On why people find it difficult to nurture cordial relationships with their boss, Abbajay pointed out that in many organizations, workers get promotions based on their technical skills –  not their management capabilities.

‘For this reason, mediocre managers are replete in workplaces,’ she said, however advising that the best advice is to stop complaining and start planning for a better future away from that less-than-ideal situation.

‘Graduates of the 21st century are yet to understand this,’ the self-motivated entrepreneur lamented. ‘I have seen peoples’ ego get in their way as they resist change because they want to be right, appreciated, understood or loved…This is a waste of valuable time and energy because a toxic boss hardly changes but we have the power to change how we are treated.’

Abbajay noted that employees either drain or energize a boss, however adding that flexibility provides a lifeline for those who wish to avoid a catastrophic staff-boss relationship.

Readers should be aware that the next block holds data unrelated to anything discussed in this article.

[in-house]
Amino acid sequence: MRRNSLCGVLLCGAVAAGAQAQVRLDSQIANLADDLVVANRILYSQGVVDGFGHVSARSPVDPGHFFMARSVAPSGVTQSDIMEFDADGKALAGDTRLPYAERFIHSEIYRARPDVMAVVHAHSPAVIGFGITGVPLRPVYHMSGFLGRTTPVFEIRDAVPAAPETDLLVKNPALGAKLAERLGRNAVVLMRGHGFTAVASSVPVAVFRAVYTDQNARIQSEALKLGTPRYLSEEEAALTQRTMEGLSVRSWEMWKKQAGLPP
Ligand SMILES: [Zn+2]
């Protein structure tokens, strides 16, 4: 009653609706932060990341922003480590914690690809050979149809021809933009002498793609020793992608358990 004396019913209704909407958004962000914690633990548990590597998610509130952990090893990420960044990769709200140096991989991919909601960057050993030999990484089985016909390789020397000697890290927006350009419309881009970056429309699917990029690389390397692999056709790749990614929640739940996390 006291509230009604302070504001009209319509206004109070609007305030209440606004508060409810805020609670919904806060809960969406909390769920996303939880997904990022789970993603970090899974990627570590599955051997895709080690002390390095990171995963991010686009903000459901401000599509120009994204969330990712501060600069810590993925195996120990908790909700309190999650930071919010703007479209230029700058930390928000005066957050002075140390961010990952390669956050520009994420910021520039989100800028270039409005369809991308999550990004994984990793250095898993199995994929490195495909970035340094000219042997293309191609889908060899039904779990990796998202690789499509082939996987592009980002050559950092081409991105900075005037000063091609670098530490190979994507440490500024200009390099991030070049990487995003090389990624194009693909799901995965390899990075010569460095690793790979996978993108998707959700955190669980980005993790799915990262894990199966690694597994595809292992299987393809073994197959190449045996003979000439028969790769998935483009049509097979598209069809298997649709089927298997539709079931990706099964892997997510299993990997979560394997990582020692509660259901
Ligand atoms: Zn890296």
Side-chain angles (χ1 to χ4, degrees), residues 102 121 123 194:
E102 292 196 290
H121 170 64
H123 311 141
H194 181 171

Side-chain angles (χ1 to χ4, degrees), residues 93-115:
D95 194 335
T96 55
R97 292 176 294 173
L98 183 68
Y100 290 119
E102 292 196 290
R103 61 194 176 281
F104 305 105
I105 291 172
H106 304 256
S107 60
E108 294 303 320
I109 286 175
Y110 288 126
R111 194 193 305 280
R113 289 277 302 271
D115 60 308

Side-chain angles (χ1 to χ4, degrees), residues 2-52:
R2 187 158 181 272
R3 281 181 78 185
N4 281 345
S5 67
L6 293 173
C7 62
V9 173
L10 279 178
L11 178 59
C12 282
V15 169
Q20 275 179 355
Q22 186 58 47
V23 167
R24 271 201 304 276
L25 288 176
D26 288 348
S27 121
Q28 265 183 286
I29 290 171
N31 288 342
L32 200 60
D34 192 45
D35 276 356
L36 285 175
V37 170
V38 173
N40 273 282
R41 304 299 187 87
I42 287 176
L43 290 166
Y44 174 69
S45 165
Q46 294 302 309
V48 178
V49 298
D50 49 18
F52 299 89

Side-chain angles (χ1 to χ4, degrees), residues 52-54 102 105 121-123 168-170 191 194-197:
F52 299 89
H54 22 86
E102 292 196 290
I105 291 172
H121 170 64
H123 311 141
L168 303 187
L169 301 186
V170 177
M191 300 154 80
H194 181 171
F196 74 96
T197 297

Her best advice: ‘At the start of your new job, one important thing to do is: engage your boss in a conversation and ask three questions on his or her priorities, the method/frequency of reporting, and his or her “privacy concerns.’”

‘Knowing these tips, instead of making assumptions, are the only ways to enjoy even the worst managers from day one,’ Abbajay added.

Where these efforts fail to provide the desired relationship, leave your bad boss behind, dust off the sand from your shoes and move on.

Chinese Manager motivates Staff by letting them tear cash

Employee motivation and interpersonal relationships among workers and employers in China is no joke, and one exemplary manager’s most effective idea of encouraging his workers, is by asking them to tear bundles of banknotes.


If only this exercise is permitted in private and not as a group, it’d definitely inspire the unmotivated.

Desperate employers in China have tried different strategies aimed at getting the best out of their employees.